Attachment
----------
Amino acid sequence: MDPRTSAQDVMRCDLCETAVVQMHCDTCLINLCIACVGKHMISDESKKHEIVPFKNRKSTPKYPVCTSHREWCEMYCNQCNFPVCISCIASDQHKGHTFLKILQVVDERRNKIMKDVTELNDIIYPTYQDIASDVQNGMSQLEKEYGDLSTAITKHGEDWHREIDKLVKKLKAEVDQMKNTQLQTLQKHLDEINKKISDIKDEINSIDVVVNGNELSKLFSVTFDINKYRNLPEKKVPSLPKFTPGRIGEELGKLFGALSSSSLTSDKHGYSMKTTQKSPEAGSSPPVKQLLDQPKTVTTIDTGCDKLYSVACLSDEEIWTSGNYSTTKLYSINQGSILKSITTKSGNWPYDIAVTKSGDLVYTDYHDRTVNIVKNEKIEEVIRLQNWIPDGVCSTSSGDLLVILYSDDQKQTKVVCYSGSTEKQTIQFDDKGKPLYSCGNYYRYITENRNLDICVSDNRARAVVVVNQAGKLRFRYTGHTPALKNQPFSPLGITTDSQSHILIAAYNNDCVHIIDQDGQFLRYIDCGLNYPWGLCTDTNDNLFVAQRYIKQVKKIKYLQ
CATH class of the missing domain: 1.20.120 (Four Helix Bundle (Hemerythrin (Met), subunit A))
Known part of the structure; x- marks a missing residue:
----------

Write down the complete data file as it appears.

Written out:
Amino acid sequence: MDPRTSAQDVMRCDLCETAVVQMHCDTCLINLCIACVGKHMISDESKKHEIVPFKNRKSTPKYPVCTSHREWCEMYCNQCNFPVCISCIASDQHKGHTFLKILQVVDERRNKIMKDVTELNDIIYPTYQDIASDVQNGMSQLEKEYGDLSTAITKHGEDWHREIDKLVKKLKAEVDQMKNTQLQTLQKHLDEINKKISDIKDEINSIDVVVNGNELSKLFSVTFDINKYRNLPEKKVPSLPKFTPGRIGEELGKLFGALSSSSLTSDKHGYSMKTTQKSPEAGSSPPVKQLLDQPKTVTTIDTGCDKLYSVACLSDEEIWTSGNYSTTKLYSINQGSILKSITTKSGNWPYDIAVTKSGDLVYTDYHDRTVNIVKNEKIEEVIRLQNWIPDGVCSTSSGDLLVILYSDDQKQTKVVCYSGSTEKQTIQFDDKGKPLYSCGNYYRYITENRNLDICVSDNRARAVVVVNQAGKLRFRYTGHTPALKNQPFSPLGITTDSQSHILIAAYNNDCVHIIDQDGQFLRYIDCGLNYPWGLCTDTNDNLFVAQRYIKQVKKIKYLQ
CATH class of the missing domain: 1.20.120 (Four Helix Bundle (Hemerythrin (Met), subunit A))
Known part of the structure; x- marks a missing residue: